27 Mar 2018

Former manager convicted of fraud is sentenced to home detention

1:22 pm on 27 March 2018

A former assets manager for a publicly funded health provider who pleaded guilty to fraud has been sentenced to eight months home detention at the Auckland High Court.

Exterior of the High Court in Auckland

Photo: RNZ / Claire Eastham-Farrelly

Saul Roberts, pleaded guilty to five charges under section four of the Secret Commissions Act earlier this year.

Justice Woodhouse also ordered Roberts to repay $164,900 to Te Roopu Taurima.

Roberts was the former assets manager for the trust and received secret payments in return for contracting work to certain suppliers of the trust.

In 2009 as a trustee for Te Kawerau Iwi Tribal Authority Roberts received a secret payment of $45,000.

This was to withdraw public submissions he had lodged on behalf of the tribal authority in opposition to a proposed change to a District Plan.

In total, suppliers to Te Roopu paid kickbacks to Roberts to secure about $1.5 million of the trust's business.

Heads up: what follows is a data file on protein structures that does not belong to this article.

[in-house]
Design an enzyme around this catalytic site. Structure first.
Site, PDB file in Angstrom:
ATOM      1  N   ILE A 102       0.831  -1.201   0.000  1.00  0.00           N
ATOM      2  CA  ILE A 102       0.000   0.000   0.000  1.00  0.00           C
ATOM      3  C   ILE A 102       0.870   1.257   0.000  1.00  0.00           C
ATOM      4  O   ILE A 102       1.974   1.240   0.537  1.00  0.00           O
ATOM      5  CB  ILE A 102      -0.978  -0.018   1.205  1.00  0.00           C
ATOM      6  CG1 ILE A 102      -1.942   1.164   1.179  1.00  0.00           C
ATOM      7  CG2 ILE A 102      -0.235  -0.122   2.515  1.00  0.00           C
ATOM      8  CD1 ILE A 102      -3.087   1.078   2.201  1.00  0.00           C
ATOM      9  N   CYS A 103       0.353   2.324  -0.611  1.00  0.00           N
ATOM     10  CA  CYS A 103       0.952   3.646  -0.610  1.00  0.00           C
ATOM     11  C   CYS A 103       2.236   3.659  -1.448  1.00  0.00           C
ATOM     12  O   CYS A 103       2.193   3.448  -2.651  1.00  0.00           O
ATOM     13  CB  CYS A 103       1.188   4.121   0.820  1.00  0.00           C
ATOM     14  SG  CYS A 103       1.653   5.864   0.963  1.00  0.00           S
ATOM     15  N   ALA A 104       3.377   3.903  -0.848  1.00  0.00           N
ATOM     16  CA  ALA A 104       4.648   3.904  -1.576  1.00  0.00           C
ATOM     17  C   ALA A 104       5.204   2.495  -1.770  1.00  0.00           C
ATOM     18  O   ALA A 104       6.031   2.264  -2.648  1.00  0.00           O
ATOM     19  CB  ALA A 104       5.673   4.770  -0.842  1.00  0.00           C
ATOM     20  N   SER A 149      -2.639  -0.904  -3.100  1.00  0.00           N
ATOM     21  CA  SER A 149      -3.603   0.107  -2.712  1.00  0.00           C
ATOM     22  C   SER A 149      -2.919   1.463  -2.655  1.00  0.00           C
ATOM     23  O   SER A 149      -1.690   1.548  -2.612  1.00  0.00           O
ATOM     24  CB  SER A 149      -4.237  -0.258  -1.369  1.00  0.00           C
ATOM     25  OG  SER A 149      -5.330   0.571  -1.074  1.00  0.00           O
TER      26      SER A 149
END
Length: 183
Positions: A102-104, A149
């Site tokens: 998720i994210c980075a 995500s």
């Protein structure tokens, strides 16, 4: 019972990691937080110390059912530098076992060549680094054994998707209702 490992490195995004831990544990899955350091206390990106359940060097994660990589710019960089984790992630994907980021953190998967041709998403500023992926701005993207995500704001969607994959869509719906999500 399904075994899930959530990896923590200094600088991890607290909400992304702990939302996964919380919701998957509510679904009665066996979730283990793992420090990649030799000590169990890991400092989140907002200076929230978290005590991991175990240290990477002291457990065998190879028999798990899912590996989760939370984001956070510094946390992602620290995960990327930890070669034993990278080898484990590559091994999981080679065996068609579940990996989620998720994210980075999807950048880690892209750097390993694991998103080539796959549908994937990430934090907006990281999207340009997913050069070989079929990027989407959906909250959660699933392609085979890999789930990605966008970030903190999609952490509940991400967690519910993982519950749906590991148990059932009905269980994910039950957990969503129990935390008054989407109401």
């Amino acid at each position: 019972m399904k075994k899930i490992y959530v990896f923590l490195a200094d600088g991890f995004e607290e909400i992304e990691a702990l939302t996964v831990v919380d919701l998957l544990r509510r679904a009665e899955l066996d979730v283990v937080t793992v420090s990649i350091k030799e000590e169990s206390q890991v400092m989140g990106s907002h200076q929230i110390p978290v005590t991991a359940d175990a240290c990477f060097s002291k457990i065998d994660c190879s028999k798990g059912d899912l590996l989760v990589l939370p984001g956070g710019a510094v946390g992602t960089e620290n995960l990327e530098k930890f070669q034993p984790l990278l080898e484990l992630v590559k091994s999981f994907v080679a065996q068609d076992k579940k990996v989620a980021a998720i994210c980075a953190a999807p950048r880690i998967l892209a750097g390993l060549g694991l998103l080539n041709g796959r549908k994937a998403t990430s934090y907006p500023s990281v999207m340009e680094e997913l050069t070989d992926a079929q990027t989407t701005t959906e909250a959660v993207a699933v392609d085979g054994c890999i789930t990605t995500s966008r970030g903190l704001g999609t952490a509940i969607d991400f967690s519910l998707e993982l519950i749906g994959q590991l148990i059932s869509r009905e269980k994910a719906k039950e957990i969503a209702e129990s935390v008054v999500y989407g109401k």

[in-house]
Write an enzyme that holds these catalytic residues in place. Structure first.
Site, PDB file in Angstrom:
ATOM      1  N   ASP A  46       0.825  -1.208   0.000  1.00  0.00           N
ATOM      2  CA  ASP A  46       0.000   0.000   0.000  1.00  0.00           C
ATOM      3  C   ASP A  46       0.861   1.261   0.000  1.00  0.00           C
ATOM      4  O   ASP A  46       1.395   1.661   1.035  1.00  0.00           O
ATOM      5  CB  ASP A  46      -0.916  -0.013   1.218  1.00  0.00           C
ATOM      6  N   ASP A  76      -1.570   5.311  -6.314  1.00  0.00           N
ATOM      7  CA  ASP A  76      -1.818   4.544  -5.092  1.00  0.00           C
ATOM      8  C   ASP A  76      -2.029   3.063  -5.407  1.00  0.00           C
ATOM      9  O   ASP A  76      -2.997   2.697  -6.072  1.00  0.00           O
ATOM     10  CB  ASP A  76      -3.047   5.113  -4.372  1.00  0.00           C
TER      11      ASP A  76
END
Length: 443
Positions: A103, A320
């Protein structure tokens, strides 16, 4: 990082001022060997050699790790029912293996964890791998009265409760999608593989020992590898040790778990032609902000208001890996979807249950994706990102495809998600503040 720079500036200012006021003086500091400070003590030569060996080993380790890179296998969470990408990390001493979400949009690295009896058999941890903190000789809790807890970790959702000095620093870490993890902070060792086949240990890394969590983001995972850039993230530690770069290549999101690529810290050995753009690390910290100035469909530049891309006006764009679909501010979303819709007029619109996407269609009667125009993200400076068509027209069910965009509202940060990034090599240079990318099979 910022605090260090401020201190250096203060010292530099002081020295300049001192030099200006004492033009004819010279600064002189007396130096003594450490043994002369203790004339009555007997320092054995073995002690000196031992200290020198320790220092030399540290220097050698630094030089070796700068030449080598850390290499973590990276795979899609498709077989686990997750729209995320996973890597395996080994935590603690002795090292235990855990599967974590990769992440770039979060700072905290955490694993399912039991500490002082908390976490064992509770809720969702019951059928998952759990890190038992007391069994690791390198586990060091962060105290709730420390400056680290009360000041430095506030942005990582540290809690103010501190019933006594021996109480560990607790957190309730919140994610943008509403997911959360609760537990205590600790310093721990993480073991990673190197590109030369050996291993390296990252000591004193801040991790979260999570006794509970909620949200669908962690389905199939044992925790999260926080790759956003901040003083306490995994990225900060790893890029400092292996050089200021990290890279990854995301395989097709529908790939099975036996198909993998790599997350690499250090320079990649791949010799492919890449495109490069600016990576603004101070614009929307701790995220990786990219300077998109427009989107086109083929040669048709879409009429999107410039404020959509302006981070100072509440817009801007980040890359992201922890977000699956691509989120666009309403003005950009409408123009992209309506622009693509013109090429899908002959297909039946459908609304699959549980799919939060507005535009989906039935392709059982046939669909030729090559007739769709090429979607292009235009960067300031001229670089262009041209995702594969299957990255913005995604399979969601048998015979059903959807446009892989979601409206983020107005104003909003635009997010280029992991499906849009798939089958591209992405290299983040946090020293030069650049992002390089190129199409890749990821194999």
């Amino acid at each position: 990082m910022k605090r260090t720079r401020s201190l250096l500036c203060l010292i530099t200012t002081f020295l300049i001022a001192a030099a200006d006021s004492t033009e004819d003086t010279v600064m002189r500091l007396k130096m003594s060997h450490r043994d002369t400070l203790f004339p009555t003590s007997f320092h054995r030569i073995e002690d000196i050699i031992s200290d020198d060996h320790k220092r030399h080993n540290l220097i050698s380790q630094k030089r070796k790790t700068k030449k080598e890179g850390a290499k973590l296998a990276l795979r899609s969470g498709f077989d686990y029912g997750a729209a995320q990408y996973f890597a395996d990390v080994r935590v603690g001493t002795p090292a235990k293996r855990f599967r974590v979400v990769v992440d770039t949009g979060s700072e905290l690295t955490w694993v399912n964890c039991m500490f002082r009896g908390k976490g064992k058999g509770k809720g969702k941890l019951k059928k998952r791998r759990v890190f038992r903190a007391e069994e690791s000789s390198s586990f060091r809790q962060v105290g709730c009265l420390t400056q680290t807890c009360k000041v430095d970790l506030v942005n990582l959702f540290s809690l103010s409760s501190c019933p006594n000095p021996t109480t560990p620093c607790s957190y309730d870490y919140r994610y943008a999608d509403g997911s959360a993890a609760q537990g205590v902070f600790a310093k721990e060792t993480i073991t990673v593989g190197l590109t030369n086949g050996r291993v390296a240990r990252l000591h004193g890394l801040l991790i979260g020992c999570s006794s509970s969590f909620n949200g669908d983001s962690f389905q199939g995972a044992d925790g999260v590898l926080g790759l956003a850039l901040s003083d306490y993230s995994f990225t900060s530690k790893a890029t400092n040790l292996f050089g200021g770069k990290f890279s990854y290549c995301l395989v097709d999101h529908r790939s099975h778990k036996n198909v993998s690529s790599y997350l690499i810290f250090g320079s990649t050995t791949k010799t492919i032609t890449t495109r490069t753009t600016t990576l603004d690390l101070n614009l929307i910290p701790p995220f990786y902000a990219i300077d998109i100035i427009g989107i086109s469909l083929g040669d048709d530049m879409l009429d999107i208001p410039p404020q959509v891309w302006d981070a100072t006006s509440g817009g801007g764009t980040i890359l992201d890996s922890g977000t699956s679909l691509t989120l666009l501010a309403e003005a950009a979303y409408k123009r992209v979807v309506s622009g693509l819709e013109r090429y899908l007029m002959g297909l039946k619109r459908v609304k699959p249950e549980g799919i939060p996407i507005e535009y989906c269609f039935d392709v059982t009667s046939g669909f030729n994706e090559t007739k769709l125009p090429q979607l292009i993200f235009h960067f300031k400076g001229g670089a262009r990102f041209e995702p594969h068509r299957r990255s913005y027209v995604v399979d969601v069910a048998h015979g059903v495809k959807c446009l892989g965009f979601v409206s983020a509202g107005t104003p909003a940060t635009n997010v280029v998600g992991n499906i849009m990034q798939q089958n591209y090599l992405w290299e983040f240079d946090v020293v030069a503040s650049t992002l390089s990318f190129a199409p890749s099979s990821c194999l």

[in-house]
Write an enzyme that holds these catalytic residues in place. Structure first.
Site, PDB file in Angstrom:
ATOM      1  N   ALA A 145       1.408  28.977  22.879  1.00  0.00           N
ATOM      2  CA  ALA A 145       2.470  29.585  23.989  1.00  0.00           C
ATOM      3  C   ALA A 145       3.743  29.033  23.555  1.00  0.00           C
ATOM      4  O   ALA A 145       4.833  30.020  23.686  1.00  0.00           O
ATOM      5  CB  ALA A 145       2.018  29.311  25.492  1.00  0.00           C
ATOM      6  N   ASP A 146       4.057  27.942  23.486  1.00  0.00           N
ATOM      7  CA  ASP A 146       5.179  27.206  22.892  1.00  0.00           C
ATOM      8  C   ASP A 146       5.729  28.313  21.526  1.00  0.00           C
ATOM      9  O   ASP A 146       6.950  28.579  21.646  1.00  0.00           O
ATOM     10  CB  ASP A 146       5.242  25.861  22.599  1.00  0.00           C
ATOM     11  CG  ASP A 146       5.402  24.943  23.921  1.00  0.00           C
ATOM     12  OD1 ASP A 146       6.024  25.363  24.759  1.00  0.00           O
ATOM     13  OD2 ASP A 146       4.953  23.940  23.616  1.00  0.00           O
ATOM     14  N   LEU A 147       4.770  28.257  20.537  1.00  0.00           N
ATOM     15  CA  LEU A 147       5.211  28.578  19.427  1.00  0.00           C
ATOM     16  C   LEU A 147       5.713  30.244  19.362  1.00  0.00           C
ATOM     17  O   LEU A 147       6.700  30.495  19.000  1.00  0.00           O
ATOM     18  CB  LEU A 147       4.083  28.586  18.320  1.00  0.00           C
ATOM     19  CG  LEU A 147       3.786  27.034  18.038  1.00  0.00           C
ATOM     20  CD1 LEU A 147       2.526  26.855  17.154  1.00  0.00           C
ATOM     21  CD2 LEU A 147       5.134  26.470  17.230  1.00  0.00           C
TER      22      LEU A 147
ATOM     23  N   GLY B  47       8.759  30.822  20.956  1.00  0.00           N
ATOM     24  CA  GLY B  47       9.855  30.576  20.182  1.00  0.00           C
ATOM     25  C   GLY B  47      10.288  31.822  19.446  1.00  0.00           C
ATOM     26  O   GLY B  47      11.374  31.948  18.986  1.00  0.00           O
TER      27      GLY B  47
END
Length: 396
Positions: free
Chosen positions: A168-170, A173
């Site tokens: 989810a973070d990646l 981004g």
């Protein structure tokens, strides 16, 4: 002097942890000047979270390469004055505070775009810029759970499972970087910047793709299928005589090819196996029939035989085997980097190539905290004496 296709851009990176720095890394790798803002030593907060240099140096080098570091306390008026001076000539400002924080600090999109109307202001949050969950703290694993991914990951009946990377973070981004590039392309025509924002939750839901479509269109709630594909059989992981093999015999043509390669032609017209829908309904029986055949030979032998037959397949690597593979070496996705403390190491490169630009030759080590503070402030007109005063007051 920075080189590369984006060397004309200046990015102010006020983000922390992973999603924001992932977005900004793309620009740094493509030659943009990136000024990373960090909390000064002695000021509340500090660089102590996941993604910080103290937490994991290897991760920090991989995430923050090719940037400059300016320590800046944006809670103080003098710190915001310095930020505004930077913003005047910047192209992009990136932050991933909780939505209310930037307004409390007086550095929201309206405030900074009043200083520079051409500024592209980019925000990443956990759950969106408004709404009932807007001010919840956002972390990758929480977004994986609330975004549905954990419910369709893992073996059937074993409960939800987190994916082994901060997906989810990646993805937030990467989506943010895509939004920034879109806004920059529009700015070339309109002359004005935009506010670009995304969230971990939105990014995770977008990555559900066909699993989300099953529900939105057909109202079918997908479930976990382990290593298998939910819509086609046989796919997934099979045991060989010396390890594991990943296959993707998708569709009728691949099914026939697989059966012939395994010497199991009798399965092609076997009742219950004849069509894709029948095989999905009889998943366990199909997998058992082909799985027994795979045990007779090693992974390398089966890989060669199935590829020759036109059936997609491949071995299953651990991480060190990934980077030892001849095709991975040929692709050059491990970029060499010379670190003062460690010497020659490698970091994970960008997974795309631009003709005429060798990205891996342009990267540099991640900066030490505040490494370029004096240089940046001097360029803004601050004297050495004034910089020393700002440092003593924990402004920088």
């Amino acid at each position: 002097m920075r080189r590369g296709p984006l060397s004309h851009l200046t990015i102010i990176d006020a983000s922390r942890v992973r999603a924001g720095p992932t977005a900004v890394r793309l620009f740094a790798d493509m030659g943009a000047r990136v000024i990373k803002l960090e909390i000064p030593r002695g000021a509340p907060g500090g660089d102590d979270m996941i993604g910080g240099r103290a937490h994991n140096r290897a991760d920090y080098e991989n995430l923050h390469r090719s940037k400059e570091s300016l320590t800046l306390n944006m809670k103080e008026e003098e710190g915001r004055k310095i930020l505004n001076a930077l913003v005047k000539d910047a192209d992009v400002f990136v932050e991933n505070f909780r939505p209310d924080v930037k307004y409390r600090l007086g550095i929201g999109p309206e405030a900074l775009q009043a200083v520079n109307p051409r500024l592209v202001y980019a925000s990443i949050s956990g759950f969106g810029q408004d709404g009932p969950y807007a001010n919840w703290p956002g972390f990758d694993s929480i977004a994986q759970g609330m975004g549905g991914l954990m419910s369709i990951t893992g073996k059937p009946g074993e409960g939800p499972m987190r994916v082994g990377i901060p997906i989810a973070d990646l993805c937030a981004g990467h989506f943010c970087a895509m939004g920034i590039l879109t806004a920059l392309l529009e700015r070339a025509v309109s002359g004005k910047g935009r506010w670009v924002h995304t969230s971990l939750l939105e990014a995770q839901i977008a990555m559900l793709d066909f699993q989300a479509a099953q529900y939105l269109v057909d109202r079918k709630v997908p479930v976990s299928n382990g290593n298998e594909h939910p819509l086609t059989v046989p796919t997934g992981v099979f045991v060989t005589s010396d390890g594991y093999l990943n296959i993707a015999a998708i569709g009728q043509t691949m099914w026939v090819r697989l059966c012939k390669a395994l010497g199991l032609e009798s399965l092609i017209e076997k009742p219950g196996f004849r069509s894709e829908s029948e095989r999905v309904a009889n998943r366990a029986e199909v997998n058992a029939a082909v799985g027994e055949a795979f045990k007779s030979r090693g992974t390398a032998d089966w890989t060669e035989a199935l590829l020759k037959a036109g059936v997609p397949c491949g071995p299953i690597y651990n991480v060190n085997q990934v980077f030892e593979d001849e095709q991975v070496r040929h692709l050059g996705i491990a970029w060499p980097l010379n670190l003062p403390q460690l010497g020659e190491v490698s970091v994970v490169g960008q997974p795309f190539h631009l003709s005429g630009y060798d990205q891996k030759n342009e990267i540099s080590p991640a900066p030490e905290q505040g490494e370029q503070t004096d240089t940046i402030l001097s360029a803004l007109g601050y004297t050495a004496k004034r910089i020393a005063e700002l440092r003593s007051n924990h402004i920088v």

The trust is a public health care provider for people with intellectual disabilities, and has received funding from the Ministry of Health and other government agencies.

While Roberts was employed by Te Roopu from 2012 to 2014, he received about $160,000 in kickbacks from various suppliers to the disability trust, including auto repairs workshops owned by his co-defendant, Atish Narayan.

Narayan owned two auto repair businesses which provided services to Te Roopu.

He made undisclosed payments to Roberts, in return for Roberts arranging for vehicles owned by Te Roopu to be serviced or repaired at his businesses.

Narayan was sentenced to six months' home detention and ordered to pay $14,000 in reparations in October 2017.

Serious Fraud Office director, Julie Read, said Mr Roberts illegally exploited his employment positions for personal financial gain.

"This type of corruption undermines these kinds of trusts which is a matter of public concern. The role of the SFO is to prosecute such matters on behalf of New Zealanders in order to keep organisations free from fraud and corruption."